on the constitutive relation between the state of a suitably selected particular material and its
temperature. Only some materials are suitable for this purpose, and they may be considered as
"thermometric materials". Radiometric thermometry, in contrast, can be only slightly dependent on
the constitutive relations of materials. In a sense then, radiometric thermometry might be thought of
as "universal". This is because it rests mainly on a universality character of thermodynamic
equilibrium, that it has the universal property of producing blackbody radiation.

Thermometric materials[edit]

Bi-metallic stem thermometers used to measure the temperature of steamed milk

Bi-metallic thermometer for cooking and baking in an oven

There are various kinds of empirical thermometer based on material properties.

Many empirical thermometers rely on the constitutive relation between pressure, volume and
temperature of their thermometric material. For example, mercury expands when heated.

If it is used for its relation between pressure and volume and temperature, a thermometric material
must have three properties:

(1) Its heating and cooling must be rapid. That is to say, when a quantity of heat enters or leaves a
body of the material, the material must expand or contract to its final volume or reach its final
pressure and must reach its final temperature with practically no delay; some of the heat that enters
can be considered to change the volume of the body at constant temperature, and is called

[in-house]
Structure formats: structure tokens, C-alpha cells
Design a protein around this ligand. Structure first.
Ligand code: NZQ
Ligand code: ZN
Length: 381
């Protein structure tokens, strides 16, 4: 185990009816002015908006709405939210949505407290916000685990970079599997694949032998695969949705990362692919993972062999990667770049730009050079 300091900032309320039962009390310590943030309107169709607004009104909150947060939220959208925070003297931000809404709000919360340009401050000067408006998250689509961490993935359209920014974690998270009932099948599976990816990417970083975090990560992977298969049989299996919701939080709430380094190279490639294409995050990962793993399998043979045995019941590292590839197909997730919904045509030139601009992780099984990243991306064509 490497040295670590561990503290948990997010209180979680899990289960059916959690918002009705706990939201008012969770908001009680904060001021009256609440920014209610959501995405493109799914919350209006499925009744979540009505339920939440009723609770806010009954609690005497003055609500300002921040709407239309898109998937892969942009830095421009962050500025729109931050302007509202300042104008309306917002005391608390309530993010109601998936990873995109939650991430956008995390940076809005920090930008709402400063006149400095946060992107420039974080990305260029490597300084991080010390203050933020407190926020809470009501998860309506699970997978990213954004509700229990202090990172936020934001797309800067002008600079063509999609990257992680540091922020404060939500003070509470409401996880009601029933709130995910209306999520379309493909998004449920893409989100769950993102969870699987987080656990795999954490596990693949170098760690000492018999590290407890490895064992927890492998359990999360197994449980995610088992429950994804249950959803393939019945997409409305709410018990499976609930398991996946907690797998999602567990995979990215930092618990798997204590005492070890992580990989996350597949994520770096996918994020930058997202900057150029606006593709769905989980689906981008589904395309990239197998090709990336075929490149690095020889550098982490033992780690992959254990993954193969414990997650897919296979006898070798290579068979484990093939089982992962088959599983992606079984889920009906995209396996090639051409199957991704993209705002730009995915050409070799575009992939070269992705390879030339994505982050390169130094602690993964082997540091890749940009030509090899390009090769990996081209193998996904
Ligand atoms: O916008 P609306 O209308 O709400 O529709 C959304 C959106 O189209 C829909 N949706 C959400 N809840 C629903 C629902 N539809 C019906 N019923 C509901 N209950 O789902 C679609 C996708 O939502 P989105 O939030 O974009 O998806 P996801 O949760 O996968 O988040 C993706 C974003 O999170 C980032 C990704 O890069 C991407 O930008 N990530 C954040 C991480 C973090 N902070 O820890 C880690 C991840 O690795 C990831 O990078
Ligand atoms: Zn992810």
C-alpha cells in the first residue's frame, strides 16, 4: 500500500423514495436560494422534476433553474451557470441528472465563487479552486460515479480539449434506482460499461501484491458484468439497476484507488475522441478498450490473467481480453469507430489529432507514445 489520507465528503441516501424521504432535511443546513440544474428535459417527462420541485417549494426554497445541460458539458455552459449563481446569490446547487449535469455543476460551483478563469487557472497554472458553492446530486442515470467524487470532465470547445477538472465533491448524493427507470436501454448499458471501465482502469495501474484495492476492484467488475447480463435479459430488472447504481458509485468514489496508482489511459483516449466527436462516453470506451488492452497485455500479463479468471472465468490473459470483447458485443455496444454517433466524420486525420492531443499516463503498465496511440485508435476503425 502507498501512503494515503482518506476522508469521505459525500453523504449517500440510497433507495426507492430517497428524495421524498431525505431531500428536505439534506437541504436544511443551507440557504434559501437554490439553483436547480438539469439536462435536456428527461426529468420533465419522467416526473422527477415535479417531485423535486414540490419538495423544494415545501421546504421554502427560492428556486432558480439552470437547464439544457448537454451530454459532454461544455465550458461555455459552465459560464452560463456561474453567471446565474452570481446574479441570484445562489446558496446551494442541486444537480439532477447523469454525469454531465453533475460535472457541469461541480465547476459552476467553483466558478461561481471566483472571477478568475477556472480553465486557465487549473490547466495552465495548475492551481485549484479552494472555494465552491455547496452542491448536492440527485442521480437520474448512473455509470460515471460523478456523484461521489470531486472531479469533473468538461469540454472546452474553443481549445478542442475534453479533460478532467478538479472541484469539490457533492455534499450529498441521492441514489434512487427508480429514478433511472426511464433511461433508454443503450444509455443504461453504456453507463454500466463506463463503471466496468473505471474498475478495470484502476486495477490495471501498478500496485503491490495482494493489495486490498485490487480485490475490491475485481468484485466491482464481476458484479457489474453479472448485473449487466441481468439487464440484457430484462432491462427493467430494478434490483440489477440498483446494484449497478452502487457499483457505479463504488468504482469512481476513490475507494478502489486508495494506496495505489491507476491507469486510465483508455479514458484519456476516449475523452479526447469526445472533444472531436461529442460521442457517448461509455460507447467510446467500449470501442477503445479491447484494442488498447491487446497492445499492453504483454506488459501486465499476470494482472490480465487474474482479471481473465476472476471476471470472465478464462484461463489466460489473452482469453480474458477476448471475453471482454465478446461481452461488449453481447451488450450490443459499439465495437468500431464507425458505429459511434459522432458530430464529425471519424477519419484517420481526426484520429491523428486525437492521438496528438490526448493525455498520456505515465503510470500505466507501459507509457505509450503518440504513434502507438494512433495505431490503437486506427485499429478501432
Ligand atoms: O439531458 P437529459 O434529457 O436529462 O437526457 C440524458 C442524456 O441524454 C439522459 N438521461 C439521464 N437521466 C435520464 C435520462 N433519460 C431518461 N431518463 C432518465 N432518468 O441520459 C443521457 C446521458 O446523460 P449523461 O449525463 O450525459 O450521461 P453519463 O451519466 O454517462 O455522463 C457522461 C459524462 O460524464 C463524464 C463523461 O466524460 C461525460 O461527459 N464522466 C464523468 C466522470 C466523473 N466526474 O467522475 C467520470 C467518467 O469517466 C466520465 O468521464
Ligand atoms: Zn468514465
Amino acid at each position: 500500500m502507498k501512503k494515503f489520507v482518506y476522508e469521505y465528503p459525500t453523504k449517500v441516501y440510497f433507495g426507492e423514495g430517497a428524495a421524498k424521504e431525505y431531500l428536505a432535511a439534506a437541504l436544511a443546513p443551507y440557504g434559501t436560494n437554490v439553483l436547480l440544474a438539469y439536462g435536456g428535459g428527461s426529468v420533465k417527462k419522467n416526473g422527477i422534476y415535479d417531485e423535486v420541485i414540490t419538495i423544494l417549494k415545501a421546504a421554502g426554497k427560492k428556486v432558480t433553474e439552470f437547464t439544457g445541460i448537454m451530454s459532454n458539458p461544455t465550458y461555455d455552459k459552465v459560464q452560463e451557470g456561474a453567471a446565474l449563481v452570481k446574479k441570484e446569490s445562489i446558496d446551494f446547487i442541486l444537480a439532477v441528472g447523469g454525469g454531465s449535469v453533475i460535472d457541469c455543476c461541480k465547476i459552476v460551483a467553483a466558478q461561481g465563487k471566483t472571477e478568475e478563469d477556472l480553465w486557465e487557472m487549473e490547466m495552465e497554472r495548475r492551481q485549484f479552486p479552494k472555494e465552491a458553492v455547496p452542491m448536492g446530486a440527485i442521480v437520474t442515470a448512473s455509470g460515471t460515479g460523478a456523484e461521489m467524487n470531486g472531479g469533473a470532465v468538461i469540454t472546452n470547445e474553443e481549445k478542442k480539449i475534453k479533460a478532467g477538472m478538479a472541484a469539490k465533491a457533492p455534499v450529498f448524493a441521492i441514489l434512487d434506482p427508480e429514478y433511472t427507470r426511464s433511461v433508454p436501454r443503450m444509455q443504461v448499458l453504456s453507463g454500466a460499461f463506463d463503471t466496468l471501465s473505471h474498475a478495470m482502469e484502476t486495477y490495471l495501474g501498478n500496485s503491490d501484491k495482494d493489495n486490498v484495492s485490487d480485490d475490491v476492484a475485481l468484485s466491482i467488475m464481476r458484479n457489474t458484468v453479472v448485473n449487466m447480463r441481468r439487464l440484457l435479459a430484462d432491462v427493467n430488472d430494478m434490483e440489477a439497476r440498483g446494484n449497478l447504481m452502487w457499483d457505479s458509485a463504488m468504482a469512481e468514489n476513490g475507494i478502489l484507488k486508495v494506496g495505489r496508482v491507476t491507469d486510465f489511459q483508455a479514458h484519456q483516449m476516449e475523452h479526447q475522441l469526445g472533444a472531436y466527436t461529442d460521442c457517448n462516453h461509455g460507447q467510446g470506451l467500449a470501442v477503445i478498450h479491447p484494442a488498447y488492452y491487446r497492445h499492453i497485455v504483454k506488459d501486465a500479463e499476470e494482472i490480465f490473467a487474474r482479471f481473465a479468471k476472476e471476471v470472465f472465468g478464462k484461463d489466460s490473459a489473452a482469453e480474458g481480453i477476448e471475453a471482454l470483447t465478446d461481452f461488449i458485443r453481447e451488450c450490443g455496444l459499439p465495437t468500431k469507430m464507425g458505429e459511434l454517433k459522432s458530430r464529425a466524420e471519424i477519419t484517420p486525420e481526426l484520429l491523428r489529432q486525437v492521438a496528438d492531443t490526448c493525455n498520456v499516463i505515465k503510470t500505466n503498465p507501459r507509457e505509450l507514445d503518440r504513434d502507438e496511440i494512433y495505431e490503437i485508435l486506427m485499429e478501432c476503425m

the latent heat of expansion at constant temperature; and the rest of it can be considered to change
the temperature of the body at constant volume, and is called thespecific heat at constant volume.
Some materials do not have this property, and take some time to distribute the heat between
temperature and volume change.[22]

(2) Its heating and cooling must be reversible. That is to say, the material must be able to be heated
and cooled indefinitely often by the same increment and decrement of heat, and still return to its
original pressure, volume and temperature every time. Some plastics do not have this property;[23]

(3) Its heating and cooling must be monotonic.[14][24] That is to say, throughout the range of
temperatures for which it is intended to work,

(a) at a given fixed pressure,

either () the volume increases when the temperature increases, or else () the volume
decreases when the temperature increases;
but not () for some temperatures and () for others; or
(b) at a given fixed volume,
either () the pressure increases when the temperature increases, or else () the pressure
decreases when the temperature increases;
but not () for some temperatures and () for others.

At temperatures around about 4 C, water does not have the property (3),
and is said to behave anomalously in this respect; thus water cannot be
used as a material for this kind of thermometry for temperature ranges near
4 C.[16][25][26][27][28]

Gases, on the other hand, all have the properties (1), (2), and (3)(a)() and
(3)(b)(). Consequently, they are suitable thermometric materials, and that
is why they were important in the development of thermometry.[29]

Constant volume thermometry[edit]

According to Preston (1894/1904), Regnault found constant pressure air